Five productivity hacks for working at home

There’s little doubt that working from home is incredibly convenient. Zero commuting hours, no rush hour traffic and a schedule which you can flex and bend to your own needs. Sound like a dream? For many people, it’s the perfect scenario; but working from home also has its challenges. 

If you’re struggling to remain focused whilst working from home, here are our top five productivity hacks that will keep you on track all day.

9 April 2019

Finding your stride outside of a structured office environment doesn’t always come easily. With distractions aplenty (nothing kills productivity like throwing in a load of laundry), a tendency to work haphazardly and limited social interactions, it actually requires a lot of discipline to stay on top of your game when you’re out of the office.  

So if you’re struggling to remain focused whilst working from home, here are our top productivity hacks that will keep you motivated all day.

Dress for success

It’s a slightly controversial view, but dressing for work can help focus your mind and keep you in work mode. Casual and comfortable attire is fine - but PJs and loungewear? It’s a big no-no.

One of the challenges facing those who regularly work from home is the blurring of lines between their personal and professional lives. Our advice is to lose the PJs, trade in your comfies and get dressed for work. Use your clothes as a form of physical and visual distinction. What you wear can help you differentiate between work-mode and relaxation-mode, and can also create boundaries.

Heard the term ‘dress for success’? It could be your new productivity mantra. 

Set your hours

When you’re based remotely, it’s particularly important that you’re disciplined about your working hours. Identify the core hours that you’re at your most productive and use this peak productivity time to focus on big projects and more complex tasks. 

Make sure you schedule a proper lunch break and save the times that you’re less productive for admin tasks and responding to emails. 

It’s also important that you’re clear with your colleagues and managers about the hours you work. Update shared calendars and set up specific times for check-in and collaboration. They need to know how you’re structuring your time so they know when they can contact you.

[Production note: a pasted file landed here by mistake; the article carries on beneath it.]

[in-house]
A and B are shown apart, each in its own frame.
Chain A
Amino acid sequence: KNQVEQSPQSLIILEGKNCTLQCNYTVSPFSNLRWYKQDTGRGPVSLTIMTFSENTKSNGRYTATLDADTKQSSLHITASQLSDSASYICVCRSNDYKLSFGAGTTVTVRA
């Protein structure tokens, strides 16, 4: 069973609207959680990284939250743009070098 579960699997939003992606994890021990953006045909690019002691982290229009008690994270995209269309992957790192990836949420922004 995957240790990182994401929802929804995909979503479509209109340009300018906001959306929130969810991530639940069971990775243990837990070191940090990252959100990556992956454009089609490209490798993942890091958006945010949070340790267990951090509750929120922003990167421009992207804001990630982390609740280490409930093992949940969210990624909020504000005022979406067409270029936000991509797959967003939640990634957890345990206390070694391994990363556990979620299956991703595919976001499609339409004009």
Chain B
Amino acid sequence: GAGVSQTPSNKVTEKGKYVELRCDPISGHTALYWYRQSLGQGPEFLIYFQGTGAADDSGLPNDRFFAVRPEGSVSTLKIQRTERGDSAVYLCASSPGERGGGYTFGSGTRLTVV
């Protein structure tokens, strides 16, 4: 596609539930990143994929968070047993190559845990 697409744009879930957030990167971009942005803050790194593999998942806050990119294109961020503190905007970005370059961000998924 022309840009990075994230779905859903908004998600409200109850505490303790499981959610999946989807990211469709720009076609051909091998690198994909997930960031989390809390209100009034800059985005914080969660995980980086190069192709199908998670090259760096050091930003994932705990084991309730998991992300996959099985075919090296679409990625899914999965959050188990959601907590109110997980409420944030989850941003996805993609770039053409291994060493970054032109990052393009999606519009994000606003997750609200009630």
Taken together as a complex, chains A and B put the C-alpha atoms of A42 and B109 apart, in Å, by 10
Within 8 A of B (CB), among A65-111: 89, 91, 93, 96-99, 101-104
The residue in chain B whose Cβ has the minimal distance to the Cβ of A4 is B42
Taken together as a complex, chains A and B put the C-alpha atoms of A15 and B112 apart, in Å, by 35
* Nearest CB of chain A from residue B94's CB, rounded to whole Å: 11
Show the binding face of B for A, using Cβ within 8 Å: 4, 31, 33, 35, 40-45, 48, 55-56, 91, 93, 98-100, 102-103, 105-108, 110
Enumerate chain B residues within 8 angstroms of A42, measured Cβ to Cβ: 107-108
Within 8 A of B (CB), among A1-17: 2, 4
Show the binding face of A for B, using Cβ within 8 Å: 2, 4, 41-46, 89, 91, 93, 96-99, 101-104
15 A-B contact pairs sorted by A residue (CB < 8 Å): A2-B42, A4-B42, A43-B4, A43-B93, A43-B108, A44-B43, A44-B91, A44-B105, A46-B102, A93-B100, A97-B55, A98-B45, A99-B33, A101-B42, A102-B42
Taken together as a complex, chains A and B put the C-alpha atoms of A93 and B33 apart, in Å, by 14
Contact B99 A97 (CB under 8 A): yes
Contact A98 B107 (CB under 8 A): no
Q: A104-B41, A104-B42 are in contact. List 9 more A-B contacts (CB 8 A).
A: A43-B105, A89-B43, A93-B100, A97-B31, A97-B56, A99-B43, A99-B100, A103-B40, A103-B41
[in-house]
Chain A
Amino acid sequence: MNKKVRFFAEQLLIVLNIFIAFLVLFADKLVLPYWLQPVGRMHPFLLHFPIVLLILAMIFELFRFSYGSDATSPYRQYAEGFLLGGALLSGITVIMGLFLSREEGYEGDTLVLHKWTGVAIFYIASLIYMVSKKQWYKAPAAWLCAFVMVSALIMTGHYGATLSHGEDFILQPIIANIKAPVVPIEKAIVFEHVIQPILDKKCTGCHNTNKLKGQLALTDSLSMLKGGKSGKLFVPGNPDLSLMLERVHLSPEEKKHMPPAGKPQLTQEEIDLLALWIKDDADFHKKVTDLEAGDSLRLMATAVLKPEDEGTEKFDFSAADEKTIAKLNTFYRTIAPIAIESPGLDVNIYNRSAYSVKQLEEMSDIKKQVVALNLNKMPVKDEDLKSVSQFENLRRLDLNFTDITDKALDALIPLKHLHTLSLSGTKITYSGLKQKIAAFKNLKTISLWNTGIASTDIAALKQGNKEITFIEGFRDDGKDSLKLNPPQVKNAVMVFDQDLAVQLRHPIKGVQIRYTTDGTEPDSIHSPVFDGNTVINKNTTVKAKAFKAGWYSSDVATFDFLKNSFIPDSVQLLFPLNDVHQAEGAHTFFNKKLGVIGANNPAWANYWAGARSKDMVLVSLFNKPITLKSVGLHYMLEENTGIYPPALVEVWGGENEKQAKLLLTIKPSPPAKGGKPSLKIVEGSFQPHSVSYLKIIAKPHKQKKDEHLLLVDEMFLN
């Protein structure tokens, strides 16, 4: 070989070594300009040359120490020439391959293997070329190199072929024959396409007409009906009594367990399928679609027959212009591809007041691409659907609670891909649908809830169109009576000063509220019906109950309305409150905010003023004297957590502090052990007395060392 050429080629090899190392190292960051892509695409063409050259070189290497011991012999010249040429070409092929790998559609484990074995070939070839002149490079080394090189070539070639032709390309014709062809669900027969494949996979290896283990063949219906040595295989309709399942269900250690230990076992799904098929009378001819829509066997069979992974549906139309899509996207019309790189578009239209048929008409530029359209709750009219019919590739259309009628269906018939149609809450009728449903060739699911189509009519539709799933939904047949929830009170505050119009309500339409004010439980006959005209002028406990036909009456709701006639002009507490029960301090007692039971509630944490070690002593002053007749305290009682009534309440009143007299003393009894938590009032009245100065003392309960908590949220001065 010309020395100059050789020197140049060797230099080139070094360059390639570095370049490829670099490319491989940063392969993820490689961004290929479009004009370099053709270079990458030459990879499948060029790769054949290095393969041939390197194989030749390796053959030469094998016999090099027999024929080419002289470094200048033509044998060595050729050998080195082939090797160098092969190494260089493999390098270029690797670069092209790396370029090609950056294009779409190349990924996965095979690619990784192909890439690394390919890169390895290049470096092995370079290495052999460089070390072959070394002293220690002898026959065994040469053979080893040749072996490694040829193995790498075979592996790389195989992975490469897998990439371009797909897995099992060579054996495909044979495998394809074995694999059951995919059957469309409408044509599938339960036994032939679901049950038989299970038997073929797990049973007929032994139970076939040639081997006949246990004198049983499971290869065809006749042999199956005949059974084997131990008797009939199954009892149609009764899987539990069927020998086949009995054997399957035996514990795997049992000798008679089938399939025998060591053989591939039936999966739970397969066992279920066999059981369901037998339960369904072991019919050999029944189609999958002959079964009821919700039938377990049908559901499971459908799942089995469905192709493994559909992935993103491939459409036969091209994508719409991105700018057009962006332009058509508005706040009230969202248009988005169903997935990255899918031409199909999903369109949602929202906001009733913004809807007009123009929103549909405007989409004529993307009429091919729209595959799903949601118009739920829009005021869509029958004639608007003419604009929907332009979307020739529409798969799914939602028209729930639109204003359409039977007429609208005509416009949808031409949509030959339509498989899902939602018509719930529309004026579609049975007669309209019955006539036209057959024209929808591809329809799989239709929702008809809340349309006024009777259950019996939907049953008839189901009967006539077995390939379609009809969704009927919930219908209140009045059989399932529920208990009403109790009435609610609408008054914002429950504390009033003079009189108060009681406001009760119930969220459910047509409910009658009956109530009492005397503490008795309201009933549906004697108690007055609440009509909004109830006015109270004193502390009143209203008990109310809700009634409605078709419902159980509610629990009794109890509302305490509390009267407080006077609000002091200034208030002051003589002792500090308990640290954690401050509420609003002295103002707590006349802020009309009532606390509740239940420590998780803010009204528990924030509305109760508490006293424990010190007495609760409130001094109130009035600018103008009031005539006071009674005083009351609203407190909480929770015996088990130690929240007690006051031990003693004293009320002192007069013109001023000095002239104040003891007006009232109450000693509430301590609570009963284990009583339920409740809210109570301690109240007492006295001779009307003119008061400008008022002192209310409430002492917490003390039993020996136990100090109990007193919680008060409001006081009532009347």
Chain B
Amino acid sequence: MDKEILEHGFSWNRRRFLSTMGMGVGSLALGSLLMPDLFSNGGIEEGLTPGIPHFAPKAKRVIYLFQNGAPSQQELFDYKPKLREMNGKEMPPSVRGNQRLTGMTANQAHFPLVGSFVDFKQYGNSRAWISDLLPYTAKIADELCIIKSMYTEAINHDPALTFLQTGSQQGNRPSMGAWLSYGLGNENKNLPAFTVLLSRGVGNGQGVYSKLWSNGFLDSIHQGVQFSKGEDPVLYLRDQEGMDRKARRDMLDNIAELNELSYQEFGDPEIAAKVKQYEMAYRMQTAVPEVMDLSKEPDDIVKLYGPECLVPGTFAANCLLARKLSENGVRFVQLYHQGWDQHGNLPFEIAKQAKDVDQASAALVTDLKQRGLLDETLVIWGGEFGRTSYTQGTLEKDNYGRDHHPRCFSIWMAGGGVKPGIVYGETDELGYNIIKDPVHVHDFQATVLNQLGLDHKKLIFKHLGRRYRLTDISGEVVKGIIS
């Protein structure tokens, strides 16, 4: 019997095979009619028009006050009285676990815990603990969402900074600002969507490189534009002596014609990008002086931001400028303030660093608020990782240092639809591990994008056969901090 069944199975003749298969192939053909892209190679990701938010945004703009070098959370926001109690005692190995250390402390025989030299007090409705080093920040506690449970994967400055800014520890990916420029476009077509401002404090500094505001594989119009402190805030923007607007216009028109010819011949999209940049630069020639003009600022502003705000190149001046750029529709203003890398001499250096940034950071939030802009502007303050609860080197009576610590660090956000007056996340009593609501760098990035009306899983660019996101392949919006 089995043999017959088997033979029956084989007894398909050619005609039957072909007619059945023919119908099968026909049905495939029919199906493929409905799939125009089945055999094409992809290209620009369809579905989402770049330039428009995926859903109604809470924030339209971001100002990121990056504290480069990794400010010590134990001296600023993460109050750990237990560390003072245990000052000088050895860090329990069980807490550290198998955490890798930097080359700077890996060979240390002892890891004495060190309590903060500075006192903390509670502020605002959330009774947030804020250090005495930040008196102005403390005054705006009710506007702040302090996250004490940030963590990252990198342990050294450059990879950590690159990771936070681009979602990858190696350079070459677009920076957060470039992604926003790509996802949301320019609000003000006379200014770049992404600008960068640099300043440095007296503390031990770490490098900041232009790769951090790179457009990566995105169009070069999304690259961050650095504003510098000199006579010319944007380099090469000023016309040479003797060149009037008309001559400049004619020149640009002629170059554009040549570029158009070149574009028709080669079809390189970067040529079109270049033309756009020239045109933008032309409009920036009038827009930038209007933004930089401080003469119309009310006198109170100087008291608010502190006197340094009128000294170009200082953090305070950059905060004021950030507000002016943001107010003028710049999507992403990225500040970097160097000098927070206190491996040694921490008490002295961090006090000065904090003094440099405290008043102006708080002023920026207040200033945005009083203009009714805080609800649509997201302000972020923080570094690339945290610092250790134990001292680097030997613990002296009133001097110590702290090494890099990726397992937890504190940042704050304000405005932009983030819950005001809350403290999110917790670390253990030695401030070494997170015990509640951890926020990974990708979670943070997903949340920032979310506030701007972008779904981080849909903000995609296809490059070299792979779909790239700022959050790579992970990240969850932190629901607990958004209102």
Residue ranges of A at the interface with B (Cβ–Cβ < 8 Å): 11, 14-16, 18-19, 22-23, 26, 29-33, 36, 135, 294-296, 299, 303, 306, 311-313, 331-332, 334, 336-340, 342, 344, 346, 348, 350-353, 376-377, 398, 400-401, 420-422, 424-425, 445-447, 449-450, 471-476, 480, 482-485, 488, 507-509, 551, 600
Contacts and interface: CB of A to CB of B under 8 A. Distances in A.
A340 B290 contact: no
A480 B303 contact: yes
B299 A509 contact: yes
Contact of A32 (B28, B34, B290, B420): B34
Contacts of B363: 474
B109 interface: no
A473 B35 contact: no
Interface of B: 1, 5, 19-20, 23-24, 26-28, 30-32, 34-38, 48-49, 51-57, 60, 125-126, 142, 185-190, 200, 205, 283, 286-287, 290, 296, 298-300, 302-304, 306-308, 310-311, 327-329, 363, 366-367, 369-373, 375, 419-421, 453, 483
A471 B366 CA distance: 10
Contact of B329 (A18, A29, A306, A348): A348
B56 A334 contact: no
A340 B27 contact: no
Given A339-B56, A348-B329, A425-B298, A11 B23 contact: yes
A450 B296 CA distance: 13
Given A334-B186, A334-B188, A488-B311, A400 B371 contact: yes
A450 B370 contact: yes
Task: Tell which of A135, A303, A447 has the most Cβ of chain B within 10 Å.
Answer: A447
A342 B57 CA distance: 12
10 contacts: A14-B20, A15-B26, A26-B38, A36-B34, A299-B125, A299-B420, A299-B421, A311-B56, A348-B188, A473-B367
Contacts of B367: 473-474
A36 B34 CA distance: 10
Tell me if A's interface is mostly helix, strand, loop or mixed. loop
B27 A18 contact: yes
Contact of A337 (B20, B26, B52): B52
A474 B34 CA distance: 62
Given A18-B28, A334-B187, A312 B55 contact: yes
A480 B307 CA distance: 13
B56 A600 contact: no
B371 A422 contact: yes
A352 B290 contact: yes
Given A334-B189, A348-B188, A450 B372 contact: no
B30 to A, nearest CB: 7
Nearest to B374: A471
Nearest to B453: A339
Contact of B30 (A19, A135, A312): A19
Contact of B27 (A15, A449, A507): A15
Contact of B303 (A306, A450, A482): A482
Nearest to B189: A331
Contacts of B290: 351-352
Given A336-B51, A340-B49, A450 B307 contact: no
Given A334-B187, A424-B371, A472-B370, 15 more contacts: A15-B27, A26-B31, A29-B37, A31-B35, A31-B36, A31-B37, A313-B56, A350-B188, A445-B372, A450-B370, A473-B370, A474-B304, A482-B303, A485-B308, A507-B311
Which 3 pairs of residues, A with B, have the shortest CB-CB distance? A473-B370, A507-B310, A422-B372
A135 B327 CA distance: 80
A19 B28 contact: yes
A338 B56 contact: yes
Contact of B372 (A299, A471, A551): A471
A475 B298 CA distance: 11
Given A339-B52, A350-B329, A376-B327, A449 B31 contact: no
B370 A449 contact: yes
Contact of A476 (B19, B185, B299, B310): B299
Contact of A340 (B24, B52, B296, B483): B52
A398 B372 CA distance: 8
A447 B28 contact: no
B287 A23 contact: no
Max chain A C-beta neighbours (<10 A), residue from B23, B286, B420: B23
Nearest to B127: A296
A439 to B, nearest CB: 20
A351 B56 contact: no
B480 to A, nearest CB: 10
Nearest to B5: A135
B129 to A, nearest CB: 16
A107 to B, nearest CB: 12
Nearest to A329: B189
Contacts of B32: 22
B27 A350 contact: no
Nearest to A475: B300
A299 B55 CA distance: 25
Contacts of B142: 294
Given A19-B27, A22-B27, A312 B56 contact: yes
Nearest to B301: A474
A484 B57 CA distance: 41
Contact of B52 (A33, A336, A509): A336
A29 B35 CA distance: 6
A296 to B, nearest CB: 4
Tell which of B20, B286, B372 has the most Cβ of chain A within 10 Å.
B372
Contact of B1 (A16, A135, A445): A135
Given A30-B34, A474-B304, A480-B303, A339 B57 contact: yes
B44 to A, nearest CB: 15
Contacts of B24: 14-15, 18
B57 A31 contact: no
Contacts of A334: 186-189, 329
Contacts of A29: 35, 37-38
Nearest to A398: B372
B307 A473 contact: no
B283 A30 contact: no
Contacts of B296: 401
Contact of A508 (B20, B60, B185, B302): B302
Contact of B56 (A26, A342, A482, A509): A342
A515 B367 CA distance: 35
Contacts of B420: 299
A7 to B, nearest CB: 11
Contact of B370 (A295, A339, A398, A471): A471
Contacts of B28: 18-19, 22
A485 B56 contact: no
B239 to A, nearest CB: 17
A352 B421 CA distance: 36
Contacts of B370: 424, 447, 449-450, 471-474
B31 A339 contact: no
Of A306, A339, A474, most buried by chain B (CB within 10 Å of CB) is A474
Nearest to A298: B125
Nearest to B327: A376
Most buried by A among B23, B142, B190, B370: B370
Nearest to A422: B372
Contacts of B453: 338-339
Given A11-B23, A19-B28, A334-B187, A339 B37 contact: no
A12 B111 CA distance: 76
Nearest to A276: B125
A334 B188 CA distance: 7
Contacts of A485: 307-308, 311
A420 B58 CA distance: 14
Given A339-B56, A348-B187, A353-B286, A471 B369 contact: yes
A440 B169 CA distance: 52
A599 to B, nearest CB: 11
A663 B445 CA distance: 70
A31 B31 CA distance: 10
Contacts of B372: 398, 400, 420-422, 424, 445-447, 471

Create your own commute

One of the bragging rights of working from home is the lack of a commute - but the alternative is a more sedentary lifestyle, something that comes with the territory if your office space is a mere hop, skip and jump from your bedroom door. 

For many, the time spent walking, in the car or on the train helps them transition from home to work. So if you’re finding it tough to get going in the morning, create your own commute: take a short walk, grab a coffee and be at your desk ready to start your working day with a focused mindset. 

Even if you don’t plan to leave the house before starting work, try to be proactive about getting up at least every hour. Leave the room and do some stretches - you might be surprised at how this useful this is in refocusing the mind.

Find the right workspace

Dedicating a space to your work will help you create clear boundaries between your work and home life. For some people, this will be a designated desk or home office. For others, it’s the kitchen table. 

Whatever works for you (and it’s certainly down to personal preference), make sure that you have everything at hand that you need to do your job effectively. Clear away potential distractions, limit noise disturbances and aim for natural light. Always avoid working in spaces which you associate with rest or leisure time - meaning the sofa needs to stay strictly off-limits during the working day. 

Of course, as a remote worker, you’re not restricted to your desk in the traditional sense. One way in which to break the monotony and counterbalance the deafening silence of an empty house is to change your scenery, whether that's in a co-working space, coffee shop or local park. 

Follow the rule of three

As productivity hacks go, this one is fairly simple - but it’s also pretty effective. 

At the end of each working day, write down three meaningful things that you want to accomplish the next working day. Limit your to-do list to these three things - and make sure you do them before taking on reactive tasks, such as checking emails. 

Writing it down keeps you organised, focuses the mind and means you start each working day with an up-to-date, prioritised list of tasks to tackle. Good luck!

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